Vomiting in Dogs & How to Induce Vomiting in Dogs

Vomiting in Dogs & How to Induce Vomiting in Dogs

There are numerous reasons why your dog might vomit, and also for wanting to induce vomiting. Today, our Ambler veterinary team shares what you should know about vomiting in dogs, what to do if your dog is vomiting, and how to induce vomiting in dogs. 

Reasons Why Dogs Vomit

At Spring House Animal Hospital our vets often seen dogs that have been brought in to us because of vomiting. Vomiting is a common sign of an irritated stomach, inflamed intestines, or gastrointestinal upset in dogs.

Although dealing with a pet that is vomiting is never pleasant it's your dog’s way of emptying their stomach of indigestible material to prevent it from remaining in their system, or from reaching other areas of their body.

Causes of Vomiting in Dogs

There are countless reasons why your dog might vomit and sometimes even healthy dogs will fall ill for no apparent reason and recover quickly.

It could be that your pet ate too quickly, dined on too much grass or ate something their stomach simply doesn't agree with. This type of vomiting is often a one-time occurrence, not accompanied by any other symptoms, and likely not a cause for concern.

That said, potential causes of acute sudden or severe vomiting can be related to diseases, disorders or health complications such as:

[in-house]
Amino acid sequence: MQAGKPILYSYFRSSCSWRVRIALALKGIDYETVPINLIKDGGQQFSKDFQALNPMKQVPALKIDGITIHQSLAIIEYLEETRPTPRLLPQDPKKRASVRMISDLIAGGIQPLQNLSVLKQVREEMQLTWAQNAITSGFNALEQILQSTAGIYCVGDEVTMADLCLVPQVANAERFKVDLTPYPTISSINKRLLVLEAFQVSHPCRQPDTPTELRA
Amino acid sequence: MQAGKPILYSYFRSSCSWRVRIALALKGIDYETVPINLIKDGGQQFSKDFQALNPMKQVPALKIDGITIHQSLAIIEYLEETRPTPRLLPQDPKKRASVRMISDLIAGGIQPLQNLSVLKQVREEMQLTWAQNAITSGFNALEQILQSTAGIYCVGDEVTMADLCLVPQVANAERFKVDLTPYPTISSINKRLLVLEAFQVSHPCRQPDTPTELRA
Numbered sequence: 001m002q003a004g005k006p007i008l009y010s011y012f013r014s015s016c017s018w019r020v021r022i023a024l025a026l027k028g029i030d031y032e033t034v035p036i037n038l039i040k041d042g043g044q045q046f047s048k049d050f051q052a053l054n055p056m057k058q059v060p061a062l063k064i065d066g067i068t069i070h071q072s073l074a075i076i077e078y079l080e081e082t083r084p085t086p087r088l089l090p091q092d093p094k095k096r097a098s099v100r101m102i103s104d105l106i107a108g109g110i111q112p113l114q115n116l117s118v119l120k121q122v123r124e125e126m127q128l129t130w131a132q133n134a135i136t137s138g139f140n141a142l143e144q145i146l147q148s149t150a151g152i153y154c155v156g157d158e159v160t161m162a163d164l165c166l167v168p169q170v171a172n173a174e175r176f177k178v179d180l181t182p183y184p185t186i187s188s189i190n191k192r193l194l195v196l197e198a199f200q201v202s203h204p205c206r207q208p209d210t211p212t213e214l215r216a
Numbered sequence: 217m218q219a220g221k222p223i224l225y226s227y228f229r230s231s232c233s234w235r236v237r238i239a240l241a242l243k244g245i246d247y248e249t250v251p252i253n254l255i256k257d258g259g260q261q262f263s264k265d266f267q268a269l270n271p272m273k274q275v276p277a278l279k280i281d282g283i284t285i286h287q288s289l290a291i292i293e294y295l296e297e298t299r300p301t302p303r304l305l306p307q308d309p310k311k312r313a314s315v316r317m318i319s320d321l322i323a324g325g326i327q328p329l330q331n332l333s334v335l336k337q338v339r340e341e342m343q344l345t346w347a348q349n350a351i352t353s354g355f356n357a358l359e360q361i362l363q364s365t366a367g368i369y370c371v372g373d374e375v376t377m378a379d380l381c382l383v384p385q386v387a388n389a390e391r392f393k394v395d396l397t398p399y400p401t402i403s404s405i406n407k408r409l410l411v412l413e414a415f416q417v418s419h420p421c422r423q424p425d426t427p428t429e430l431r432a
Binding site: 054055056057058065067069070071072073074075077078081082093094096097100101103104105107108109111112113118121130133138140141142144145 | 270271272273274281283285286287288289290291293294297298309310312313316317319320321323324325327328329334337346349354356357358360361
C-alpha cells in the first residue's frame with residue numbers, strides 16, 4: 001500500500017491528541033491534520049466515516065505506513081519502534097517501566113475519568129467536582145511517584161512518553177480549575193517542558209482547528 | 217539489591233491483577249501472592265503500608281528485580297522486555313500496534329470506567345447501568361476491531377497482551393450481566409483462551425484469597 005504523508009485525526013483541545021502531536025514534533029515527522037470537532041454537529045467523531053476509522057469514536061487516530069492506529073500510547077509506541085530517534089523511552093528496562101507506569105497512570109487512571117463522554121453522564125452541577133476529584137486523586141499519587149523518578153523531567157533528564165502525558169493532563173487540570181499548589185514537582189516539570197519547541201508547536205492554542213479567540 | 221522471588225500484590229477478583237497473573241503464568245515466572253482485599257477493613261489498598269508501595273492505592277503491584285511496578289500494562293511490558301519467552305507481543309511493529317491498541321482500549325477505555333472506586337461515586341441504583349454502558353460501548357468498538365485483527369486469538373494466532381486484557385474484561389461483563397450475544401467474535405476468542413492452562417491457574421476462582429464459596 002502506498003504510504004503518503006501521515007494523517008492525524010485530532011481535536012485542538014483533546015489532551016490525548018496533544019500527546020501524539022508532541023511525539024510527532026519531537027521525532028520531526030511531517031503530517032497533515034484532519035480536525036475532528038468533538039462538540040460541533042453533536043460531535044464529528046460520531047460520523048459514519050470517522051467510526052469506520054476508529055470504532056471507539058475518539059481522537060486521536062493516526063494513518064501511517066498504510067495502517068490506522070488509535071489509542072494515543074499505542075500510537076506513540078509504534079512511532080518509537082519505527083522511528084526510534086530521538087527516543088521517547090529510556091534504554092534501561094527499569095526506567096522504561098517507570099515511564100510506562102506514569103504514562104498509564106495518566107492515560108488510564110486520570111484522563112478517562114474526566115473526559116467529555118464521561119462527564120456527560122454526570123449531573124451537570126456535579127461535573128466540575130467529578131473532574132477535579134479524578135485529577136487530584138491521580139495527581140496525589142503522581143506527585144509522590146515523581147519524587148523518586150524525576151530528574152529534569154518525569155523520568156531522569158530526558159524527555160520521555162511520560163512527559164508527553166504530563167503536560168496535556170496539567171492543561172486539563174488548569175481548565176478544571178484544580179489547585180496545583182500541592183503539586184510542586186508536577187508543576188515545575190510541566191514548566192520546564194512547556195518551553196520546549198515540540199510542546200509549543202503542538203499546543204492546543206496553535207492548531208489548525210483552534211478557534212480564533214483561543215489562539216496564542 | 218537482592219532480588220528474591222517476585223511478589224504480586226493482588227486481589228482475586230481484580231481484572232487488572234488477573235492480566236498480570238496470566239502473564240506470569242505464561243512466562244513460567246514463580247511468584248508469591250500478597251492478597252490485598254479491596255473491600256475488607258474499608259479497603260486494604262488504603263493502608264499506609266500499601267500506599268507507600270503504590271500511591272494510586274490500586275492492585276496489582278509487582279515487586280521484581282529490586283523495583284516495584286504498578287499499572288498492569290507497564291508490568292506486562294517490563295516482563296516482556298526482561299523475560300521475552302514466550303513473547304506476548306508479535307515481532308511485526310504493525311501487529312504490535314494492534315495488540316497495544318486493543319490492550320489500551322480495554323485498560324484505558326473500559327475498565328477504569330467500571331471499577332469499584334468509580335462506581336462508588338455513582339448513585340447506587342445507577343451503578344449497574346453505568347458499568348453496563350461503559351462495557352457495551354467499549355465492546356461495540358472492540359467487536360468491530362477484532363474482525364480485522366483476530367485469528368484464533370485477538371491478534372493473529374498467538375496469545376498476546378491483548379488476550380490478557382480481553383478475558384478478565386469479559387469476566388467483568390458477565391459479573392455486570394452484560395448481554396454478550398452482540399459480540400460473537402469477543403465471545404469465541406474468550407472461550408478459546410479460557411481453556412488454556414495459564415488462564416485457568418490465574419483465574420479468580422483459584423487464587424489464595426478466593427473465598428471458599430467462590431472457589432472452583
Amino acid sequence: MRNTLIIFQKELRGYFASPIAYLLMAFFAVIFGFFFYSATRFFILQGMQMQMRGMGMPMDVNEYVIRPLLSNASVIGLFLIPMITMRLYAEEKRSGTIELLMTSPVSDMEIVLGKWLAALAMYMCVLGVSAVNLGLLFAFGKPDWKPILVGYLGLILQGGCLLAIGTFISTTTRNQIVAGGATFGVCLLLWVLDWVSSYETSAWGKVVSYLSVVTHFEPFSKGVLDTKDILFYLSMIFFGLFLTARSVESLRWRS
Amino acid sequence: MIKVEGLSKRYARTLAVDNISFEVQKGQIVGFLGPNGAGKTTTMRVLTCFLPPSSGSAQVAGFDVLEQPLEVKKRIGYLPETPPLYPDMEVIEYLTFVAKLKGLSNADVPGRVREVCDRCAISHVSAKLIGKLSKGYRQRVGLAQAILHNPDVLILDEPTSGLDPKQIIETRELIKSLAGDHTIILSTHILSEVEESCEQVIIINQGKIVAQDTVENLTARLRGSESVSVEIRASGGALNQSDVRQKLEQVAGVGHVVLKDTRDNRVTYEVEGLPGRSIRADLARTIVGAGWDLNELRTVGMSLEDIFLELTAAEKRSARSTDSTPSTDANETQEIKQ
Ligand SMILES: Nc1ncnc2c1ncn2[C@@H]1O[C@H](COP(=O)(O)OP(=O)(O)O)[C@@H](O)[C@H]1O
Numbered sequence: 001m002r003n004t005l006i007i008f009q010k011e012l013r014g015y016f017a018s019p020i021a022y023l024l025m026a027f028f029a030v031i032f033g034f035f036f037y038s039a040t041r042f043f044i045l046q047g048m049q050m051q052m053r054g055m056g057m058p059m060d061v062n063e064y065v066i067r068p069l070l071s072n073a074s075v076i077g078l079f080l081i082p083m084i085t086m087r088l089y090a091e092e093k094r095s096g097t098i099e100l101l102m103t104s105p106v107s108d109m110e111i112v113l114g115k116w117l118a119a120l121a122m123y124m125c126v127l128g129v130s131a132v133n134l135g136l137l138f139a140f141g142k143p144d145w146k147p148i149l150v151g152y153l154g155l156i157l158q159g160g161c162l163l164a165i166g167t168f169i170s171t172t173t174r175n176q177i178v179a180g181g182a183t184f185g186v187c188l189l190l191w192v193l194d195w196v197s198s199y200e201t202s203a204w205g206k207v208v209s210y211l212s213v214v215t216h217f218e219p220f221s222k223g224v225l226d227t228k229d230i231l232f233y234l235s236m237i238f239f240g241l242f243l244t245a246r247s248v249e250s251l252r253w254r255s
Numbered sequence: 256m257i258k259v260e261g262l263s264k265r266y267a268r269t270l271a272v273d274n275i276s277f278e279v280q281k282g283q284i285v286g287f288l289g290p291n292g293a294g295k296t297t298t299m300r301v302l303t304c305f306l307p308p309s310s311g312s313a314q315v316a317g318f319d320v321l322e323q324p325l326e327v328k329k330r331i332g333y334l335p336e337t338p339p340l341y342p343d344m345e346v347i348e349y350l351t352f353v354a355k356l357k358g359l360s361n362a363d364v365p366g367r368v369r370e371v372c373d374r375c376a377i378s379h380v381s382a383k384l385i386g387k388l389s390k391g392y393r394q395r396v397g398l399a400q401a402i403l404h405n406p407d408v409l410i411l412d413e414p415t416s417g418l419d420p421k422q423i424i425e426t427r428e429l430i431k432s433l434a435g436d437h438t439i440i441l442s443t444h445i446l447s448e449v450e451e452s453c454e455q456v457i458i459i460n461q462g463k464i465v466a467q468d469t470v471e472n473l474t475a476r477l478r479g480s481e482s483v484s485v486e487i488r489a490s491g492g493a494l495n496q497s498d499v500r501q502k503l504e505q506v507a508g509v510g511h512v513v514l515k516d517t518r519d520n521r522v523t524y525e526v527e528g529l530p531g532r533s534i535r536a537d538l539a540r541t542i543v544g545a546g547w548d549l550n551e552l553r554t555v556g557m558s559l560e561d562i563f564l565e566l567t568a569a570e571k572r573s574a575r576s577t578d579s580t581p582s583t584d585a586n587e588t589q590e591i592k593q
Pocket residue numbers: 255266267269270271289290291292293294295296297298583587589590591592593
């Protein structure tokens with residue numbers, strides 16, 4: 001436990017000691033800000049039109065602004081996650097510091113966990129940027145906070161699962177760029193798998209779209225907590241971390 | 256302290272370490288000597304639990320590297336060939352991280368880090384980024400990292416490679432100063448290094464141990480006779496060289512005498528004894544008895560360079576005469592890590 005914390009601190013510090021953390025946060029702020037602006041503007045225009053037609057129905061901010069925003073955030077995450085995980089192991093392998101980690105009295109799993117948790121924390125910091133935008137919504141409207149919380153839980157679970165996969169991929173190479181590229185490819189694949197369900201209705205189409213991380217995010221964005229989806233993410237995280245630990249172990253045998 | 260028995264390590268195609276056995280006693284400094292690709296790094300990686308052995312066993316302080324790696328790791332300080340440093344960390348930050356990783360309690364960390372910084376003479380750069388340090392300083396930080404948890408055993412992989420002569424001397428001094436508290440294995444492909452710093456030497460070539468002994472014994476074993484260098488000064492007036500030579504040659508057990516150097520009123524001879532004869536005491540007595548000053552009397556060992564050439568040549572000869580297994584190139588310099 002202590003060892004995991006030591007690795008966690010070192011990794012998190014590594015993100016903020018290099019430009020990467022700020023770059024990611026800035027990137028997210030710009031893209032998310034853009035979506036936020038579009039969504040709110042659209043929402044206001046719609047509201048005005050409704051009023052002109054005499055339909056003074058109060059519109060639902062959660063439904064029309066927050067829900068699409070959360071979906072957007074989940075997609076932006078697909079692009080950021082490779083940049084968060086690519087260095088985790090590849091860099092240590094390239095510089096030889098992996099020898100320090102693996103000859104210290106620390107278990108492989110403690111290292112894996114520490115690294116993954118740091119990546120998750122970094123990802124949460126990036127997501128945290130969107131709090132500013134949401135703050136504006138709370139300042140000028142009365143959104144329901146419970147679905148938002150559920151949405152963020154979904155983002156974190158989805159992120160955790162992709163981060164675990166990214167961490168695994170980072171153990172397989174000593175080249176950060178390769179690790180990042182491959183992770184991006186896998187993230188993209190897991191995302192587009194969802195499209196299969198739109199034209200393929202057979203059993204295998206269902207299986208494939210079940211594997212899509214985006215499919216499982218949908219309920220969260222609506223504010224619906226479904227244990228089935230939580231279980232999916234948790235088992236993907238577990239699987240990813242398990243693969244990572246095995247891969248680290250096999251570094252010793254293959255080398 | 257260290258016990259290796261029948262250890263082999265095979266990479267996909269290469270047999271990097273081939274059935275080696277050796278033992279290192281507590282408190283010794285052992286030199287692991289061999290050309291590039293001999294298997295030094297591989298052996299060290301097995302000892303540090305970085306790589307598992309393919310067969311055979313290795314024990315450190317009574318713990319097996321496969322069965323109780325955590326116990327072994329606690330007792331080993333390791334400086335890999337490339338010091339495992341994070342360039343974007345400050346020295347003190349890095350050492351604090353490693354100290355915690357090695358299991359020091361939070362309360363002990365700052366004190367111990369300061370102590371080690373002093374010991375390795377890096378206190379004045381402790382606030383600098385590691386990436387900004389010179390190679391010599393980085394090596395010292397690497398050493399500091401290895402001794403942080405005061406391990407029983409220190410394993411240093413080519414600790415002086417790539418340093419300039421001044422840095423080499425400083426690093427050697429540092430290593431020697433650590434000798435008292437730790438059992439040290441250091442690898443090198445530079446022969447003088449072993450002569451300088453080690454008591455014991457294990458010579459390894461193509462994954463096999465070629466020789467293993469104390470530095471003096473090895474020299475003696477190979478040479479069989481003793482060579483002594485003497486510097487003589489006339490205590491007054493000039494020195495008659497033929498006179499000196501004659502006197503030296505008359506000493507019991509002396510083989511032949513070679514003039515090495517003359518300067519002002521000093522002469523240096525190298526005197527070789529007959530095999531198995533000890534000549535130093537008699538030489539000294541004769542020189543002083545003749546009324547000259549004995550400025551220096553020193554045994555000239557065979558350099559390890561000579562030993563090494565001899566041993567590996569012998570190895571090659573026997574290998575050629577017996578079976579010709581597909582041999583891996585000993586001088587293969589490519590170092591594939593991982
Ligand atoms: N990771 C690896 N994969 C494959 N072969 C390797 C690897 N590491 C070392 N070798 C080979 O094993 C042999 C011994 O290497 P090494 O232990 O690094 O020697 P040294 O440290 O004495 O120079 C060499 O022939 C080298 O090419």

• Heatstroke
  • Ingestion of poisons or toxins
  • Bloat
  • Reaction to medication
  • Viral infection
  • Bacterial infection
  • Kidney failure
  • Liver failure
  • Pancreatitis
  • Change in diet

When To Worry About Vomiting in Dogs

In some cases vomiting can indicate a serious veterinary emergency. If your canine companion displays any of the following symptoms, contact your vet or the nearest emergency animal hospital right away.

  • Vomiting in conjunction with other symptoms such as lethargy, weight loss, fever, anemia, etc.
  • Suspected ingestion of a foreign body (such as food, objects, children’s toy, etc.)
  • Vomiting a lot at one time
  • Vomiting with nothing coming up
  • Vomiting blood
  • Chronic vomiting
  • Continuous vomiting
  • Bloody diarrhea
  • Seizures

Chronic Vomiting

If your dog has been vomiting frequently or it has become a long-term or chronic issue, this is also a cause for concern, especially if you’ve noticed symptoms including abdominal pain, depression, dehydration, blood, poor appetite, fever, weakness, weight loss or other unusual behaviors.

When it comes to the health of your canine companion it is always best to err on the side of caution and contact your vet if your dog is vomiting or showing any other troubling symptoms. Your vet will examine your vet and investigate any symptoms that indicate serious underlying health conditions. 

Long term, recurrent vomiting can be related to:

  • Cancer
  • Liver or kidney failure
  • Uterine infection
  • Constipation
  • Intestinal obstruction
  • Colitis

What To Do If Your Dog is Vomiting Repeatedly

If your pet's vomiting is more than just a one-off it's time to head to the vet. Your veterinarian will need your help to find the cause of the vomiting based on your pup's medical history and recent activities. For example, if your dog has been curiously exploring the kids’ rooms or you’ve caught him sniffing the refrigerator, it’s possible he could have gotten into something he shouldn’t have.